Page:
BnaC05.UK is a novel gene negatively impacting SOC in B. napus
We find an mQTL hotspot with linked variations on chromosome C05, including mQTL3946 and mQTL3947, which are associated with 16 SOC correlated metabolites (Fig. 6a; Additional file 2: Fig. S10a-S10t; Additional file 1: Table S7). Interestingly, this hotspot is co-localized with the SOC-related QTL identified in our previous study . mGWAS for catechin suggests a significant SNP signal on chromosome C05 (Fig. 6a, position = 40,022,989, p = 5.66 × 10−8). It belongs to the mQTL3947 which is detected by three flavonoids and is co-localized with an SCC-related QTL detected in our previous study  (Additional file 1: Table S7 and Additional file 2: Fig. S11a-S11d). Gene module analysis indicates that module 17 is not only significantly correlated with SOC but also shows significant correlations with lipid and flavonoid metabolites (Fig. 6b; Additional file 1: Table S10). We predicted a gene BnaC05.UK (BnaC05g43050D) with unknown biological functions as the candidate gene in mQTL3947. Because BnaC05.UK’s expression is significantly associated with 9 metabolites including catechin in mTWAS analysis (Additional file 1: Table S8). Importantly, BnaC05.UK is one of the core genes in module 17 (Fig. 6b). eGWAS reveals that there is a promoter region variation maybe responsible for the metabolite and SOC variations (Additional file 1: Table S8 and Additional file 2: Fig. S12a-S12c). Moreover BnaC05.UK is significantly negatively correlated with SOC (r = − 0.36, p = 9.5 × 10−9, Additional file 2: Fig. S12d). Haplotype analysis suggests that BnaC05.UK with haplotype G represent higher catechin (Fig. 6c, SOC r = − 0.47, p = 1.4 × 10−7). We built a phylogenetic tree of BnaC05.UK using its cDNA sequences. There are seven sequences out of 12 belonging to Brassica (Additional file 2: Fig. S12e). In addition, we analyzed the basic information about BnaC05.UK, and its open reading frame length is 1348 bp including one exon (276 bp encoding 91 amino acids) in the Darmor genome . We also analyzed the sequence of BnaC05.UK in the pangenome of B napus in BnTIR  (http://yanglab.hzau.edu.cn/BnTIR, Additional file 2: Fig. S12f). There is also no typical domain for BnaC05.UK analyzed by InterPro  (http://www.ebi.ac.uk/interpro/). Furthermore, there are no studies reporting the function of BnaC05.UK or its homologous gene.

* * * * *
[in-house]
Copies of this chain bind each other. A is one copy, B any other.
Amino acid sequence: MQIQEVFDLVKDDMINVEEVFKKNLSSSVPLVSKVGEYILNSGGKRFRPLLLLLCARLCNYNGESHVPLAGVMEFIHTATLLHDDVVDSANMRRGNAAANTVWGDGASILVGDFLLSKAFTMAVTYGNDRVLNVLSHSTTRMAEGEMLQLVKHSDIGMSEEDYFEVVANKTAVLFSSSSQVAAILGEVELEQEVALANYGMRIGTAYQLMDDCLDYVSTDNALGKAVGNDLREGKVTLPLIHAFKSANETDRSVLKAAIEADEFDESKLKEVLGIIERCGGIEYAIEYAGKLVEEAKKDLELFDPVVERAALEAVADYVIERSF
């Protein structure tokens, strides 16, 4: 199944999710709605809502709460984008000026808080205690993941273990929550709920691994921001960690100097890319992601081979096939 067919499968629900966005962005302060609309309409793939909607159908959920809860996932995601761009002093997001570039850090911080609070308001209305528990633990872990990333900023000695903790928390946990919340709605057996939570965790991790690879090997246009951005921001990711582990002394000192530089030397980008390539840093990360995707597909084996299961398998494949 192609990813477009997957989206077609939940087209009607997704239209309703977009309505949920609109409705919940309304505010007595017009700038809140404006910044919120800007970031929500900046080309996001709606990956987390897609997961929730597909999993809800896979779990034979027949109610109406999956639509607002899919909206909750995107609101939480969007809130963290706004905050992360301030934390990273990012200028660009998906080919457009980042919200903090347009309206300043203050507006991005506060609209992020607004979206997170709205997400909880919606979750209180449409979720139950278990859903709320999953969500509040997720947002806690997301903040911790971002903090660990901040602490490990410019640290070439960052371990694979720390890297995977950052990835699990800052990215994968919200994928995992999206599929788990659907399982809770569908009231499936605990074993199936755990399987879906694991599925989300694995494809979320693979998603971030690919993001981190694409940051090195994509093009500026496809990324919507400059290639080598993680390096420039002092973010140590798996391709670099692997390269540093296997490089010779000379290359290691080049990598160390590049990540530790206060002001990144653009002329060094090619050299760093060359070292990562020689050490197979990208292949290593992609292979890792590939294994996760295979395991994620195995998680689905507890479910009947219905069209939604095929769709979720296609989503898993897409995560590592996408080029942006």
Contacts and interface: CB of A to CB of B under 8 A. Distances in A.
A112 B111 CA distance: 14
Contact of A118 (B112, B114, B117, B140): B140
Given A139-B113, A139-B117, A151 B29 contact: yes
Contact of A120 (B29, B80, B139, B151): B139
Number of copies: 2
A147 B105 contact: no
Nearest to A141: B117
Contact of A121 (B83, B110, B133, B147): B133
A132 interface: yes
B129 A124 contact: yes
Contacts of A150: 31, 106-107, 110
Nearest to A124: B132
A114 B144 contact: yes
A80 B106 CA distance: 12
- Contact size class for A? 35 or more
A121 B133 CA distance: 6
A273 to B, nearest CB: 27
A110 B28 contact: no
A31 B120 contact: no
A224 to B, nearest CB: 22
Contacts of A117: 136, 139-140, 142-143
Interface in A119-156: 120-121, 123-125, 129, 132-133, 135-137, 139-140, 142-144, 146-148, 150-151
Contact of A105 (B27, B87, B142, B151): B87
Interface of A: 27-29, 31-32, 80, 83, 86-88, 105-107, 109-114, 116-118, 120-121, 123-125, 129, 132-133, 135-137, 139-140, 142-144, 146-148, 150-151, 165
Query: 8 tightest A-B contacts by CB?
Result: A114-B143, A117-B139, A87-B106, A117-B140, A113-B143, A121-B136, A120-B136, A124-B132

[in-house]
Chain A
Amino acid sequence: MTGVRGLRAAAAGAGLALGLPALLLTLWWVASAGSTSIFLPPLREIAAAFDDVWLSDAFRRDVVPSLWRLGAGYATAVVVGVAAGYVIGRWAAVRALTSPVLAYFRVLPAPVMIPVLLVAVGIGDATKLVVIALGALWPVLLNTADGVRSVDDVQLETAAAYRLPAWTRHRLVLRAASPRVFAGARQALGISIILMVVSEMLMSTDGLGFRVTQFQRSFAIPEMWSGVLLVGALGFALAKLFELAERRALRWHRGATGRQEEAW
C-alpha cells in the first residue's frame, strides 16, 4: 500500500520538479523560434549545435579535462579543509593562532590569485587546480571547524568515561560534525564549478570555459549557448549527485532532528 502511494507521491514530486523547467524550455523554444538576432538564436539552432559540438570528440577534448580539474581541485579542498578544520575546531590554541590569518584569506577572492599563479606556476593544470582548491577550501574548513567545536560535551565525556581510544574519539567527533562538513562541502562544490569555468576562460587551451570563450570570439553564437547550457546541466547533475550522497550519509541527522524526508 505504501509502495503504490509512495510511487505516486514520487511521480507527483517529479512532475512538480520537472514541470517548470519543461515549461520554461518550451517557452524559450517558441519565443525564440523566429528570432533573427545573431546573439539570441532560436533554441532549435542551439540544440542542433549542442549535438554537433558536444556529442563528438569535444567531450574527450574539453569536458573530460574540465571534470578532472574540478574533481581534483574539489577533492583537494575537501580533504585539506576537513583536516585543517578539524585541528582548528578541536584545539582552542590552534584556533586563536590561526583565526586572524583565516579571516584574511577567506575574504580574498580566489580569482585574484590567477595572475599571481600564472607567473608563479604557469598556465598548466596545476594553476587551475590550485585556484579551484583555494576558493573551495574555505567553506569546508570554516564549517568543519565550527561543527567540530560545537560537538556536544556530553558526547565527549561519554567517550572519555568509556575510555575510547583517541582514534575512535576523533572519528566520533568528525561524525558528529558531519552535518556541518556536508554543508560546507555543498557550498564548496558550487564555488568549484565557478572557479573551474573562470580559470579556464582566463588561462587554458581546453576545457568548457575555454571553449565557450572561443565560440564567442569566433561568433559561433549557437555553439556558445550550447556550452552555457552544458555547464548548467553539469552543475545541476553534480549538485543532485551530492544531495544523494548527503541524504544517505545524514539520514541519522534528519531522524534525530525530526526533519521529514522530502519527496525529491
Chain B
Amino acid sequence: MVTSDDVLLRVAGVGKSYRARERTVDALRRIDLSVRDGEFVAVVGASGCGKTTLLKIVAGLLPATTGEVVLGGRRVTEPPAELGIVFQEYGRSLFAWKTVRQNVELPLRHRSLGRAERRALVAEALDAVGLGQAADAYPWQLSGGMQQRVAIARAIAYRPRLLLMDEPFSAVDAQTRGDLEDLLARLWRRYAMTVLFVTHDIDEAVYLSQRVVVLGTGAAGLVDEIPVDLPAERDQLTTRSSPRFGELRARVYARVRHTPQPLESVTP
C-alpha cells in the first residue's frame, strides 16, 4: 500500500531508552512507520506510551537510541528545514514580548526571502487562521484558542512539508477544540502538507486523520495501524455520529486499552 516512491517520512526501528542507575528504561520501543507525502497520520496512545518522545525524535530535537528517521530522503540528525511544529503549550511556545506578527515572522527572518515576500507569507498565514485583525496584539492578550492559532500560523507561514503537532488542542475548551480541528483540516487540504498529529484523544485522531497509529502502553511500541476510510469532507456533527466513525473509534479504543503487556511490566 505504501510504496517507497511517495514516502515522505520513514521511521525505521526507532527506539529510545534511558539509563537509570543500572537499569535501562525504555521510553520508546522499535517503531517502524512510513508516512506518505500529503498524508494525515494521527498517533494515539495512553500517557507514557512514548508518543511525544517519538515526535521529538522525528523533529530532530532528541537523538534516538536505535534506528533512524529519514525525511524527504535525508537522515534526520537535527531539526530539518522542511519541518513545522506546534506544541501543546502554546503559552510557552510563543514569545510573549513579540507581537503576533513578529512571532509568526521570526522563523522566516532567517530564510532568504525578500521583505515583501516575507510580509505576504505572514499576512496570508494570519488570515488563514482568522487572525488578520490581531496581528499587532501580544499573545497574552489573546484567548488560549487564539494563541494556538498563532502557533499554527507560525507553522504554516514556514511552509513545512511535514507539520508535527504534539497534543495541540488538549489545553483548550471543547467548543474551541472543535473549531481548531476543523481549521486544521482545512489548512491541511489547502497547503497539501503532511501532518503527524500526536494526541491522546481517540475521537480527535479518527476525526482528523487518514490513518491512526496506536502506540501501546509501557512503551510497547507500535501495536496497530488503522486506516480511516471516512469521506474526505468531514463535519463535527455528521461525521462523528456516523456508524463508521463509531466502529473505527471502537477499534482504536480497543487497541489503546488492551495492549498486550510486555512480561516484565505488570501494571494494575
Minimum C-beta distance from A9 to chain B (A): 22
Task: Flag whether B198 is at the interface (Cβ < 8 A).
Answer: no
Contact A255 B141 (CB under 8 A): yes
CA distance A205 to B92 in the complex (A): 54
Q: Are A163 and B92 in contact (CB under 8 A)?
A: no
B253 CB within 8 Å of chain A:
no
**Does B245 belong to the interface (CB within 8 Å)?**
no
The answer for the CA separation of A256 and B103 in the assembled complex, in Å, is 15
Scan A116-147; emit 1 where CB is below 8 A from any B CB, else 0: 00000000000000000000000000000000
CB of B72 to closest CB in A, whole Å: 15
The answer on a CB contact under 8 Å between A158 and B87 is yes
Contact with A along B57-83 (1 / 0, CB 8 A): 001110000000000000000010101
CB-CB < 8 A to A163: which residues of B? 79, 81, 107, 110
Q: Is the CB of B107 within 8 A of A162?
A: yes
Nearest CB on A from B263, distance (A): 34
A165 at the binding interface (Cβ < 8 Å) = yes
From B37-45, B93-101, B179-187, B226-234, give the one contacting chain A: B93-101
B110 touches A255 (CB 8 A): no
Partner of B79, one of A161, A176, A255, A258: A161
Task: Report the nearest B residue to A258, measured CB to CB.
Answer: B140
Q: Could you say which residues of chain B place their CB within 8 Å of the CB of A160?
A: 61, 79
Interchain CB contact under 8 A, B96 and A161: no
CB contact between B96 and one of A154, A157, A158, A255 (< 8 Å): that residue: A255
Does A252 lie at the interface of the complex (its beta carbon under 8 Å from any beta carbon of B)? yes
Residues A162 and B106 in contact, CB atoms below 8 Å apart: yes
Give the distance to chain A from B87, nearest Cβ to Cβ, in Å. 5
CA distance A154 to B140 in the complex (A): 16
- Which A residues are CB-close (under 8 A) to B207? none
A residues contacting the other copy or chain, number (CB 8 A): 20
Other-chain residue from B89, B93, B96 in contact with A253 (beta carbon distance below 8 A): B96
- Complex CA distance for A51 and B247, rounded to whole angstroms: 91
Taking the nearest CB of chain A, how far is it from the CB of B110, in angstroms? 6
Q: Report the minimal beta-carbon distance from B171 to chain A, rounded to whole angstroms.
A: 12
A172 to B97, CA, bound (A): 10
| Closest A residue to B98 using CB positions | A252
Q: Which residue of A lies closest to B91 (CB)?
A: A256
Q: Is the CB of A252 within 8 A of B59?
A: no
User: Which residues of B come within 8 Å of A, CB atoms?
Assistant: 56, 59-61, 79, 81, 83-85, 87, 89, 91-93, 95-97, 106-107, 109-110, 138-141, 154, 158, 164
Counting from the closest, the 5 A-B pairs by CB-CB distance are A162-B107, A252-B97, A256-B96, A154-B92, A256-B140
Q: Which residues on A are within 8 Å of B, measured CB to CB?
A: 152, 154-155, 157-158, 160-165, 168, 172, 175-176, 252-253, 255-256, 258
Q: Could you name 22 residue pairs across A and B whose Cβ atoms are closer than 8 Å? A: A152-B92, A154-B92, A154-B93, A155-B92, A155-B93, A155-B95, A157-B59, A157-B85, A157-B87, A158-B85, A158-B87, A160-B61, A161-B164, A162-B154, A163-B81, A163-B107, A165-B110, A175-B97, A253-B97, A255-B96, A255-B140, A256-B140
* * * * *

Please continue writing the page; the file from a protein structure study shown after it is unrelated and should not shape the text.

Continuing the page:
Our multi-omics analysis suggests that BnaC05.UK plays important functions in affecting the level of many metabolites and may affect SOC in B. napus. In order to investigate the function of BnaC05.UK, we generated BnaC05.UK homozygous mutants (T2) using Westar and the mutation lines show significantly higher SOC of about 2.6% (L1) and 3.1% (L5) than WT (Fig. 6d; Additional file 1: Table S14). As we mentioned before, mQTL3947 is detected by mGWAS for 16 metabolites. Metabolome analysis suggests that the level of catechin, naringenin (SOC r = − 0.29), S21-1612 (SOC r = − 0.41), and S21-4865 (SOC r = − 0.41) shows dramatic reduction (Fig. 6e–h). In addition, we performed RNA-seq using WT and L5 developing seeds (37 DAF), 706 genes were upregulated, and 62 genes are downregulated. Interestingly, differentially expressed genes (DEGs) are enriched in the pectin biosynthetic process, mucilage pectin biosynthetic process, chloroplast RNA modification, and others (Fig. 6i). Among the DEGs, chloroplast RNA modification-related genes are also significantly changed (Additional file 2: Fig. S13a-S13e). In addition, the Rhamnogalacturonan I rhamnosyltransferase 1 , Probable galacturonosyltransferase 5 , and Probable pectin methyltransferase QUA3  genes have been reported to be involved in the formation of pectin and seed coat mucilage. The expressions of these genes in developing seed of mutation lines are significantly increased (Additional file 2: Fig. S13f-S13k). Three oil accumulation-related genes have increased expression levels (Additional file 2: Fig. S13l-S13n). We have also found that the mutants have more leakage of the seed coat mucilage in mature seeds compared with WT (Additional file 2: Fig. S13o). BnaC05.UK is localized in the chloroplast (Additional file 2: Fig. S13p), we speculate that the mutation of this gene may lead to changes in chloroplast RNA levels and affect the accumulation of fatty acids, flavonoids, and pectin . We have also surveyed BnaC05.UK mutant growth phenotypes, we have not observed any yield penalties (Additional file 1: Table S16).